Someone wrote me yesterday to ask about Sterling Commerce, how its business worked and how it could be worth close to a billion and a half dollars to IBM.

It's funny how things come full circle. Years ago, before I slid over to BI, analytics and information management, I was a veteran of the dotcom meltdown, and the more un-melted down B2B and supply chain space. I still love that stuff and knew it would sooner or later meet up with what I've been learning and thinking about since.

It's hard to believe that 10 years ago Sterling was built around a private B2B network of phone lines, 9600-baud dial-up modems and mailboxes for business transactions that were so expensive that only the largest corporations had them at first. (Imagine spending 50 cents or more to electronically send a transaction document.) Just like the value-added networks of EDS, IBM, Peregrine Systems and General Electric's GXS, Sterling's VAN was built mostly around a common protocol, electronic data interchange (EDI), that standardized the forms and terms for exchanging bills of goods, shipping information and invoices.

Sterling, EDS, Peregrine, IBM and GXS were sort of the Sprint, Nortel, T-Mobile and Verizon of their day, but built for business transactions. They interconnected, fought each other, fought to squeeze out Internet startup competitors and cut prices over and over as communication was commoditized.

But the VANs were much more collaborative than you might expect. What they did and continue to do with EDI and other protocols was to move a lot of discretely defined data between businesses in a very time-sensitive way. A lot of people don't know that 10 or 15 years ago you couldn't build a washing machine or an automobile without EDI because, besides managing the paperwork, EDI actually managed the shipping and receiving of sequenced parts from whole tiers of supplier networks. Without the exact right numbered heater fan for a given Honda Civic, whole assembly lines would have to stop, so manufacturers perfected this stuff years ago and orchestrated it for hundreds or thousands of suppliers. It was simple but hugely useful work around a common open standard of the same type we clamor for today.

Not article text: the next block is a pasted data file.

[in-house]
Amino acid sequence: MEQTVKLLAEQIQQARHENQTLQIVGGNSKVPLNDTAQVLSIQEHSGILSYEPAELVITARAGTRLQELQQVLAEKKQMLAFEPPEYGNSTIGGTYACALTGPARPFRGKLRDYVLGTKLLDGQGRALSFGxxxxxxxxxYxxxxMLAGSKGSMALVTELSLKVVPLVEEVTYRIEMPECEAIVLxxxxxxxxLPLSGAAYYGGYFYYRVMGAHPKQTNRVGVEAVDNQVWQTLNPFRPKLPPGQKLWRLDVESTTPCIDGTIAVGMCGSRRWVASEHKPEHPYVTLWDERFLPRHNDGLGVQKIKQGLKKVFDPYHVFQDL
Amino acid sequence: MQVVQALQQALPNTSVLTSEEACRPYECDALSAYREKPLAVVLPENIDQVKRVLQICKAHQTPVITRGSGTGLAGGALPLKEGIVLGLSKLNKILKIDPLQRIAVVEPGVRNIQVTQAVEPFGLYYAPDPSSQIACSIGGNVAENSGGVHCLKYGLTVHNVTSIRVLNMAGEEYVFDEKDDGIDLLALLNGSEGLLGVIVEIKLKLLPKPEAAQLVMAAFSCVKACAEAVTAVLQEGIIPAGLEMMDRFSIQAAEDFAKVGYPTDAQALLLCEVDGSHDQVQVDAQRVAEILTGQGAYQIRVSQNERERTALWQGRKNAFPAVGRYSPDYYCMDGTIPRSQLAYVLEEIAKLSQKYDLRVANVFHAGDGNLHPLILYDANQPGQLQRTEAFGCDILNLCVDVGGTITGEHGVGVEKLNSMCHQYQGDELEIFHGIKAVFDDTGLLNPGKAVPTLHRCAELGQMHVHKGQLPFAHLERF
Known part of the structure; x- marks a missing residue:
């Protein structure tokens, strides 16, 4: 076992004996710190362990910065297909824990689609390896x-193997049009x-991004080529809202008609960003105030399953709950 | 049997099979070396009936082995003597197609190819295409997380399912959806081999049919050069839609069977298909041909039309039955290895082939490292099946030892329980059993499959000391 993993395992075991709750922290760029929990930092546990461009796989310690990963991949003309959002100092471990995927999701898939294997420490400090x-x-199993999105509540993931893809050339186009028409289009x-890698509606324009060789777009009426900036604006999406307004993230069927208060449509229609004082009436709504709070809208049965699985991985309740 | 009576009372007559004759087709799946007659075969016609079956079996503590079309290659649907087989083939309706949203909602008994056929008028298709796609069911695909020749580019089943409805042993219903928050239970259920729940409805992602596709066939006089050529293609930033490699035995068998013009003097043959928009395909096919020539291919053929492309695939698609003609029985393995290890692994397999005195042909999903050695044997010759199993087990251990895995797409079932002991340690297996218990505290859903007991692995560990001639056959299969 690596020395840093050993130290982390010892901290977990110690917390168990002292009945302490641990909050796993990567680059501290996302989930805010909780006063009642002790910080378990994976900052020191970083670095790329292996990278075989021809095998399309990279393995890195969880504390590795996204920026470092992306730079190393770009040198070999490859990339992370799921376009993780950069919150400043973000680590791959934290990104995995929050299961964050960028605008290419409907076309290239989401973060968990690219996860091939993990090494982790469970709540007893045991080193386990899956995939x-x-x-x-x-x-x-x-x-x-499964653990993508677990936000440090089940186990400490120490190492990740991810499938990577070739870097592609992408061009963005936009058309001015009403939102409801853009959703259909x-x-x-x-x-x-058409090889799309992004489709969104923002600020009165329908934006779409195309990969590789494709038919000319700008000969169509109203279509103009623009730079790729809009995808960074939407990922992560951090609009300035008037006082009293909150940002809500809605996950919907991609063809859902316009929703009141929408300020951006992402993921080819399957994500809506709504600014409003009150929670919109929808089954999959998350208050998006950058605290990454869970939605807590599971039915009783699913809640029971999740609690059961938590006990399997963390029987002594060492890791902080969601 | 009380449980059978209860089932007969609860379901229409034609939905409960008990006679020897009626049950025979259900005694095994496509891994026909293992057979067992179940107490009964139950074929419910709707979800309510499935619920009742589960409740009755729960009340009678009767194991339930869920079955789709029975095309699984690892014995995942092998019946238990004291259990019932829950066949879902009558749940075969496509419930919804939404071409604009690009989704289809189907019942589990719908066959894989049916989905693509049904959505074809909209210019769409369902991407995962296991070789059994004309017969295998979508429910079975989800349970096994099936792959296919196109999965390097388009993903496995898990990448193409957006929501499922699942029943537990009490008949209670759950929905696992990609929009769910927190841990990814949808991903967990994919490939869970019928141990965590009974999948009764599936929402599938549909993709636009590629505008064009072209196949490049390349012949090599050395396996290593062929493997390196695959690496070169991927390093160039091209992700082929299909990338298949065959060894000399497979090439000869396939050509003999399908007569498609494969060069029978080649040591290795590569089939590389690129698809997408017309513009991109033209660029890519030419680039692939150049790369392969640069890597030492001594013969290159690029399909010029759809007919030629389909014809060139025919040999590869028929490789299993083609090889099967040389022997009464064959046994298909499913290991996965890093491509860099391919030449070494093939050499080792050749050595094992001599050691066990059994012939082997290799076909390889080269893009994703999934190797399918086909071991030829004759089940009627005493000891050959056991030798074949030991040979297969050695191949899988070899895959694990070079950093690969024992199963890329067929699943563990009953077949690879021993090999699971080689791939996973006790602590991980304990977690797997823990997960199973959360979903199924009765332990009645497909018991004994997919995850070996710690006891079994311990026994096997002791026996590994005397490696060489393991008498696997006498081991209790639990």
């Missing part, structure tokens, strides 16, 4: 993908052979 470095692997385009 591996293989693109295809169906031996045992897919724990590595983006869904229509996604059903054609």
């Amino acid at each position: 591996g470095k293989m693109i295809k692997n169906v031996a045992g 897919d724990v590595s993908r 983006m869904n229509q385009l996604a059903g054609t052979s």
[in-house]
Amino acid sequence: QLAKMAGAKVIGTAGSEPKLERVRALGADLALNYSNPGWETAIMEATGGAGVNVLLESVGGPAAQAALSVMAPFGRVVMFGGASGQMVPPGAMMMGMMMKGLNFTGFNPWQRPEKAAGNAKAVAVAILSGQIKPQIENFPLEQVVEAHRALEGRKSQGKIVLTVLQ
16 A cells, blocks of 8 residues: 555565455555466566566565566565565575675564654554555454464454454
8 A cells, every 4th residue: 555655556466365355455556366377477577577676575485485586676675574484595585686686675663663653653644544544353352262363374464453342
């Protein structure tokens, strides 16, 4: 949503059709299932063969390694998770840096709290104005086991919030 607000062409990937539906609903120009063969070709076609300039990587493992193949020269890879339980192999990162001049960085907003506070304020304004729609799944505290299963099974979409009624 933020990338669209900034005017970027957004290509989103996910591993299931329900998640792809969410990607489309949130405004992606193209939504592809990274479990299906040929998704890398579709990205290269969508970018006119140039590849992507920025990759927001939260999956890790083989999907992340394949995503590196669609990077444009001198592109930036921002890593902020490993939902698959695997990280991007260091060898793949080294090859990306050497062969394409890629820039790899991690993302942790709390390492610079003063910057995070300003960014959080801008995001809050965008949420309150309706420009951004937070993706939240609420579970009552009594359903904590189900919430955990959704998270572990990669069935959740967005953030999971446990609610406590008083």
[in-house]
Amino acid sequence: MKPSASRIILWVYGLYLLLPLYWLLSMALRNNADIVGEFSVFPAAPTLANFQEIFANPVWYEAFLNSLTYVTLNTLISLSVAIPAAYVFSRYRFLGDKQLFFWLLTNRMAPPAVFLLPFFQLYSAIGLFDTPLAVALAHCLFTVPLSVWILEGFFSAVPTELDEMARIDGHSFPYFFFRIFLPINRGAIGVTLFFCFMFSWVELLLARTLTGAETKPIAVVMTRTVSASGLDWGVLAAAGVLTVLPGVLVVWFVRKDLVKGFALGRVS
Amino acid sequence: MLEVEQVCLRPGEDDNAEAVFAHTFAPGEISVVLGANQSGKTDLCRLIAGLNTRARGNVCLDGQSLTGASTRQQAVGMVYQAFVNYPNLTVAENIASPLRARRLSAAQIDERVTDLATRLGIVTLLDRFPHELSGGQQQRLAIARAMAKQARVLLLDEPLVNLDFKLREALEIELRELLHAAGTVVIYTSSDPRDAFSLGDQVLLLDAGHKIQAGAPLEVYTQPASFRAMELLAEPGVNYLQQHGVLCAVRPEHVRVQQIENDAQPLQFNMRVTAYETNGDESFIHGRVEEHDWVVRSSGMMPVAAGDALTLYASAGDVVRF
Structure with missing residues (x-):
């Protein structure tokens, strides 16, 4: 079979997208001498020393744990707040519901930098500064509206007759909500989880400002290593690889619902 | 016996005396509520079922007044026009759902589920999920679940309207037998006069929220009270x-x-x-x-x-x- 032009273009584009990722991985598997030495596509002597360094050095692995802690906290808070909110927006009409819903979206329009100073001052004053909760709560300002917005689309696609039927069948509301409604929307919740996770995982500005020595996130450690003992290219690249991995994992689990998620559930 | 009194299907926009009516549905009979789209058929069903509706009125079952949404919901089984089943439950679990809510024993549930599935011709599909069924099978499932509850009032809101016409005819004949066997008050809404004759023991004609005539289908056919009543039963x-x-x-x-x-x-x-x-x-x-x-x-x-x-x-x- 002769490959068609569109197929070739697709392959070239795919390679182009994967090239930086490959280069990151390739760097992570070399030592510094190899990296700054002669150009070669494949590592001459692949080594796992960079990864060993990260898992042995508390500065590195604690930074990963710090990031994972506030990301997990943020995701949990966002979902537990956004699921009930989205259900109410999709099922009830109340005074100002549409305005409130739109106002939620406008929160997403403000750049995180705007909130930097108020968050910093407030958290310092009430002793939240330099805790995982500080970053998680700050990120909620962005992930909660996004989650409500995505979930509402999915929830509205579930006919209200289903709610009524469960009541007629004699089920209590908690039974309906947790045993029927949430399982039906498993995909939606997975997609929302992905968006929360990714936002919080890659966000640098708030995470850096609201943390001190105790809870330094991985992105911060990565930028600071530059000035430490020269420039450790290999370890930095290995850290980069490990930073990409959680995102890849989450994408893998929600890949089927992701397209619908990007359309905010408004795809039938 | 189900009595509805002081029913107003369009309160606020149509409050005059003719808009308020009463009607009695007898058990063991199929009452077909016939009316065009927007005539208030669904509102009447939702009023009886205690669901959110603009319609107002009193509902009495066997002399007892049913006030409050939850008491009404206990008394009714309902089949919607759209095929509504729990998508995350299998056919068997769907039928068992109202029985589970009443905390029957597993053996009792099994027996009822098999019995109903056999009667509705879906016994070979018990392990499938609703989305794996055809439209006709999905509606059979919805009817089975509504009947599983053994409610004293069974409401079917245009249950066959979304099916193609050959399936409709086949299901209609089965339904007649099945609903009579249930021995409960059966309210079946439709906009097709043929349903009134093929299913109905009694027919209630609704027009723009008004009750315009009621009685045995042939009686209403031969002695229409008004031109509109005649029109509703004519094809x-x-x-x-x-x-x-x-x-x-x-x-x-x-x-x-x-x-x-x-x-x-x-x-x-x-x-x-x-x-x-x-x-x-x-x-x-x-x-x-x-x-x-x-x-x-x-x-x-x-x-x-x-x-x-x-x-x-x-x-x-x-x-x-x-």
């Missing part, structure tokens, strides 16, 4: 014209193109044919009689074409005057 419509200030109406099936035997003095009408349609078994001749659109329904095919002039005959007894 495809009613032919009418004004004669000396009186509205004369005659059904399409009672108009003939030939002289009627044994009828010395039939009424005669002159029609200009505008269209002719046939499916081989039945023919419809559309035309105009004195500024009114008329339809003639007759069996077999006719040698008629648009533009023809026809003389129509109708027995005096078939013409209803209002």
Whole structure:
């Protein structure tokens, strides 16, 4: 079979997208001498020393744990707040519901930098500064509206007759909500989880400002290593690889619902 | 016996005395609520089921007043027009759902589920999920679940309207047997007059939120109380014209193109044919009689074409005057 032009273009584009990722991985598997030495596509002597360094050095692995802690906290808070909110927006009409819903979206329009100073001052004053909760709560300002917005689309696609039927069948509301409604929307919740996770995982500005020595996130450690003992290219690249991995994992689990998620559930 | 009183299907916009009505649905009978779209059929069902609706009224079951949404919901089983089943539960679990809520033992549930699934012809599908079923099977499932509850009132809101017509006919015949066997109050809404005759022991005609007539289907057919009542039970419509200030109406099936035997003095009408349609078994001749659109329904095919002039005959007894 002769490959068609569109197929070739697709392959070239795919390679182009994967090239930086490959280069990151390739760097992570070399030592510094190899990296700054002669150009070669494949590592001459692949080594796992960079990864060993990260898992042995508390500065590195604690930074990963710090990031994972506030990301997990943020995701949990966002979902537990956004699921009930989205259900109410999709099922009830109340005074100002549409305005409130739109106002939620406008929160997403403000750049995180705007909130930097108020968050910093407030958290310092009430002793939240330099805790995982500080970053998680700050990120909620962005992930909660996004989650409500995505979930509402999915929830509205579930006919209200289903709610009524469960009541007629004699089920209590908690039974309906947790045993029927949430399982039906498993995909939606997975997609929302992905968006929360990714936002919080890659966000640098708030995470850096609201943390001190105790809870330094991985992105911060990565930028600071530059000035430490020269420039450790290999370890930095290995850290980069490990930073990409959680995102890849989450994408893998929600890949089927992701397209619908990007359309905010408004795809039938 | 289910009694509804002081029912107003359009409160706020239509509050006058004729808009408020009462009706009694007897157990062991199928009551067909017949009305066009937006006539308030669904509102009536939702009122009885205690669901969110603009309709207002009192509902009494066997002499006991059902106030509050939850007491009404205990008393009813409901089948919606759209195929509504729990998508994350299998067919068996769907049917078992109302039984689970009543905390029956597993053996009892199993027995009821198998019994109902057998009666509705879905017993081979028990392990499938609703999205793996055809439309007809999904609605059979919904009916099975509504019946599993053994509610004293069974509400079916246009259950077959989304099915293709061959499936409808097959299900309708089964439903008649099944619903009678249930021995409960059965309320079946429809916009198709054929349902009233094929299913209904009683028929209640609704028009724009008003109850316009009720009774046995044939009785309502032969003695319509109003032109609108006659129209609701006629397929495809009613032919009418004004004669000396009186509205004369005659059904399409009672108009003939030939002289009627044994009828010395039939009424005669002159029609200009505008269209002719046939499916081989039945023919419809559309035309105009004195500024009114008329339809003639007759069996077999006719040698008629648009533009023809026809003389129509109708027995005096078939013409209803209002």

Along the way, business service providers like Sterling mastered all sorts of data, payment and sales transactions for banks, for retail, for communications and for health care. And while a lot of this business has moved to middleware and integration services, just like in manufacturing, it's still about assembling the exact right data at the right time to build something -- or to make a decision.

That's where the subject comes full circle and reconnects with business intelligence and analytics. It's the idea of assembling data at the moment, on the fly, with just the right parts to create something of lasting value. It might as well be a car or a washing machine or a customer relationship.   

I've been spending time on this subject because I think it's worth following. It's about an emerging marketplace in which discrete bits of data bought and sold openly on the Web become a brand new economy of goods and services. Most all of the data we bother to collect has some intrinsic use, but the value of a bit of data depends more on how and when we use it. 

On one hand, there is so much of it out there that it's easy to call data a commodity. We buy it in huge volumes coarsely and cheaply in a newspaper or a report. We build and trade it freely in email and social networks. We consume it in vast quantities while only digesting small parts of it. We discard most of the data we come across with no concern because there's no real need for comprehension.

On the other hand, data is nothing like a commodity because we have the ability to define and parse it so narrowly that we can even identify the value of certain discrete bits to integrate and analyze to improve our business performance. That's how the SaaS vendors and the new value-added networks, like Salesforce.com or NetSuite prosper, with an incremental value-add we can see and are willing to pay for. 

That's precisely what the old value-added networks like Sterling and its new owner IBM did 10 years ago with a common open standard called EDI. And now they're setting about to do all over again with the modern benefits of BI, analytics and a whole new service standard of value. Down the road you're likely to want it and pay for it.

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